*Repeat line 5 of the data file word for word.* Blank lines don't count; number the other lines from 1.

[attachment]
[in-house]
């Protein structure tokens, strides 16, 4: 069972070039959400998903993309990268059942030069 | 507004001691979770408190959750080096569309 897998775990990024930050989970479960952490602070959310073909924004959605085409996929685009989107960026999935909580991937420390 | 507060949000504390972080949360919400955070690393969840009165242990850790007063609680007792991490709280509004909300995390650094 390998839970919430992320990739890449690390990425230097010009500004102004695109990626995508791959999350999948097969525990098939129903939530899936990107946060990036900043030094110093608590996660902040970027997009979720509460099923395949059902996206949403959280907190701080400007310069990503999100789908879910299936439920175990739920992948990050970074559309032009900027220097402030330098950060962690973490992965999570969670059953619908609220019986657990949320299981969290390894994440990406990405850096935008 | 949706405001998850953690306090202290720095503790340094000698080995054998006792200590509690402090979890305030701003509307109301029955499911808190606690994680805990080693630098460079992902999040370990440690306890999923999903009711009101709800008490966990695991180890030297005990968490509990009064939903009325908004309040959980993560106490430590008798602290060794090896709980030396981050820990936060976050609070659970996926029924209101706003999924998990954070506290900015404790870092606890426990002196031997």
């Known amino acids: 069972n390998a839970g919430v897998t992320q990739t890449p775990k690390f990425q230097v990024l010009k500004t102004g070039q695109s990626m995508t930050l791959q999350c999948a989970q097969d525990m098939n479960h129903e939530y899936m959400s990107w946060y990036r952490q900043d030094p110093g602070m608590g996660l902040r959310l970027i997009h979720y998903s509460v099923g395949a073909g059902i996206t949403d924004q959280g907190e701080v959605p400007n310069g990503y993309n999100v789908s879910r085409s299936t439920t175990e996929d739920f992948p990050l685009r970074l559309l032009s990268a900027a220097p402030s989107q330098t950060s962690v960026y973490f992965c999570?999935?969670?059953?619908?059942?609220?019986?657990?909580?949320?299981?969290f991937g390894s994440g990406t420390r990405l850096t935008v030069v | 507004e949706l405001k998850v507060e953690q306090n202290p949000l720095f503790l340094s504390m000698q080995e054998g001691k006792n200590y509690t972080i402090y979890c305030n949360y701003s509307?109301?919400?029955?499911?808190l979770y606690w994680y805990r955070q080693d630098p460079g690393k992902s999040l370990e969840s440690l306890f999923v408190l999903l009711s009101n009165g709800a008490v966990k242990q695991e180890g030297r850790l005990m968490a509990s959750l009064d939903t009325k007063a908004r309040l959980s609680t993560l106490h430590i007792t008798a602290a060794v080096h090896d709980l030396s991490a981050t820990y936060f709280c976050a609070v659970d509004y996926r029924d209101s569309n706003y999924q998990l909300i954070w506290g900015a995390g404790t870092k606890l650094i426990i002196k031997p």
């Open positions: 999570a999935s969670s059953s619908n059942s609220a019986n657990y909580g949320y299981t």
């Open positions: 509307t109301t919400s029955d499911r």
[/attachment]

């Open positions: 509307t109301t919400s029955d499911r």